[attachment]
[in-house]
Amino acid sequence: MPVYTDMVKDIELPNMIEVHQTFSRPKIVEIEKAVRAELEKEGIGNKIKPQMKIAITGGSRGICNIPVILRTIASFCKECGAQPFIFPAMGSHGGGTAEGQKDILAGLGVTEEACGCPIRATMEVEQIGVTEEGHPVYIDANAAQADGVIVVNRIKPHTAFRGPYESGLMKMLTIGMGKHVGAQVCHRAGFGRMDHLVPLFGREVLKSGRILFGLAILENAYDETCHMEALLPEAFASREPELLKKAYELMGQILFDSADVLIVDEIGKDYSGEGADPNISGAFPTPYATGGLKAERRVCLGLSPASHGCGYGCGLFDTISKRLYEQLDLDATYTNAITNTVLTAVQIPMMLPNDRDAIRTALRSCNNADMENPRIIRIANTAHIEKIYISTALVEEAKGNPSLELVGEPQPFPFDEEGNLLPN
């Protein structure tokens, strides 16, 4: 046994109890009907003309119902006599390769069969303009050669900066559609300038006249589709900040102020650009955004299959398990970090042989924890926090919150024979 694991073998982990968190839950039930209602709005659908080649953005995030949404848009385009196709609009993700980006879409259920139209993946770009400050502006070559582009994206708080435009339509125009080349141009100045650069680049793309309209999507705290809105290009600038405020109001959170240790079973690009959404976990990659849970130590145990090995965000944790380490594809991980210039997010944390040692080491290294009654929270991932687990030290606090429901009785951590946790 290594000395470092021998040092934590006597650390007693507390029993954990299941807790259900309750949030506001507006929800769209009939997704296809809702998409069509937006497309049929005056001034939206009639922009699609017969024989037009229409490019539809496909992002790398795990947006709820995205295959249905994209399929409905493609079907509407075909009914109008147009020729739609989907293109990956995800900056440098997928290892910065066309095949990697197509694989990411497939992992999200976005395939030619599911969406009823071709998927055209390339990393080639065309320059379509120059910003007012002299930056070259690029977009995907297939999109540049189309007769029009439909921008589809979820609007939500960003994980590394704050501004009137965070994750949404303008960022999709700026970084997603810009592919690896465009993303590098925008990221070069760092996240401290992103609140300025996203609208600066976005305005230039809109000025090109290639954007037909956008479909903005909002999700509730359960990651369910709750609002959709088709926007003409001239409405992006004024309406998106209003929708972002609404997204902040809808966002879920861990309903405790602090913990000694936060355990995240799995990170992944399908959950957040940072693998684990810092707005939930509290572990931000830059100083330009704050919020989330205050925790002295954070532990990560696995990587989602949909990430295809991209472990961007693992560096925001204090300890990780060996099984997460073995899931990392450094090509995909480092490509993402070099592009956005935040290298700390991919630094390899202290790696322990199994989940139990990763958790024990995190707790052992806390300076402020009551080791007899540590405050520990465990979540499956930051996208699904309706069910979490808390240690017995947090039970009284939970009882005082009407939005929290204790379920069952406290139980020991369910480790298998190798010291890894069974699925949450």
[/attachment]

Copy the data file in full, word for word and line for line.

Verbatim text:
[in-house]
Amino acid sequence: MPVYTDMVKDIELPNMIEVHQTFSRPKIVEIEKAVRAELEKEGIGNKIKPQMKIAITGGSRGICNIPVILRTIASFCKECGAQPFIFPAMGSHGGGTAEGQKDILAGLGVTEEACGCPIRATMEVEQIGVTEEGHPVYIDANAAQADGVIVVNRIKPHTAFRGPYESGLMKMLTIGMGKHVGAQVCHRAGFGRMDHLVPLFGREVLKSGRILFGLAILENAYDETCHMEALLPEAFASREPELLKKAYELMGQILFDSADVLIVDEIGKDYSGEGADPNISGAFPTPYATGGLKAERRVCLGLSPASHGCGYGCGLFDTISKRLYEQLDLDATYTNAITNTVLTAVQIPMMLPNDRDAIRTALRSCNNADMENPRIIRIANTAHIEKIYISTALVEEAKGNPSLELVGEPQPFPFDEEGNLLPN
């Protein structure tokens, strides 16, 4: 046994109890009907003309119902006599390769069969303009050669900066559609300038006249589709900040102020650009955004299959398990970090042989924890926090919150024979 694991073998982990968190839950039930209602709005659908080649953005995030949404848009385009196709609009993700980006879409259920139209993946770009400050502006070559582009994206708080435009339509125009080349141009100045650069680049793309309209999507705290809105290009600038405020109001959170240790079973690009959404976990990659849970130590145990090995965000944790380490594809991980210039997010944390040692080491290294009654929270991932687990030290606090429901009785951590946790 290594000395470092021998040092934590006597650390007693507390029993954990299941807790259900309750949030506001507006929800769209009939997704296809809702998409069509937006497309049929005056001034939206009639922009699609017969024989037009229409490019539809496909992002790398795990947006709820995205295959249905994209399929409905493609079907509407075909009914109008147009020729739609989907293109990956995800900056440098997928290892910065066309095949990697197509694989990411497939992992999200976005395939030619599911969406009823071709998927055209390339990393080639065309320059379509120059910003007012002299930056070259690029977009995907297939999109540049189309007769029009439909921008589809979820609007939500960003994980590394704050501004009137965070994750949404303008960022999709700026970084997603810009592919690896465009993303590098925008990221070069760092996240401290992103609140300025996203609208600066976005305005230039809109000025090109290639954007037909956008479909903005909002999700509730359960990651369910709750609002959709088709926007003409001239409405992006004024309406998106209003929708972002609404997204902040809808966002879920861990309903405790602090913990000694936060355990995240799995990170992944399908959950957040940072693998684990810092707005939930509290572990931000830059100083330009704050919020989330205050925790002295954070532990990560696995990587989602949909990430295809991209472990961007693992560096925001204090300890990780060996099984997460073995899931990392450094090509995909480092490509993402070099592009956005935040290298700390991919630094390899202290790696322990199994989940139990990763958790024990995190707790052992806390300076402020009551080791007899540590405050520990465990979540499956930051996208699904309706069910979490808390240690017995947090039970009284939970009882005082009407939005929290204790379920069952406290139980020991369910480790298998190798010291890894069974699925949450």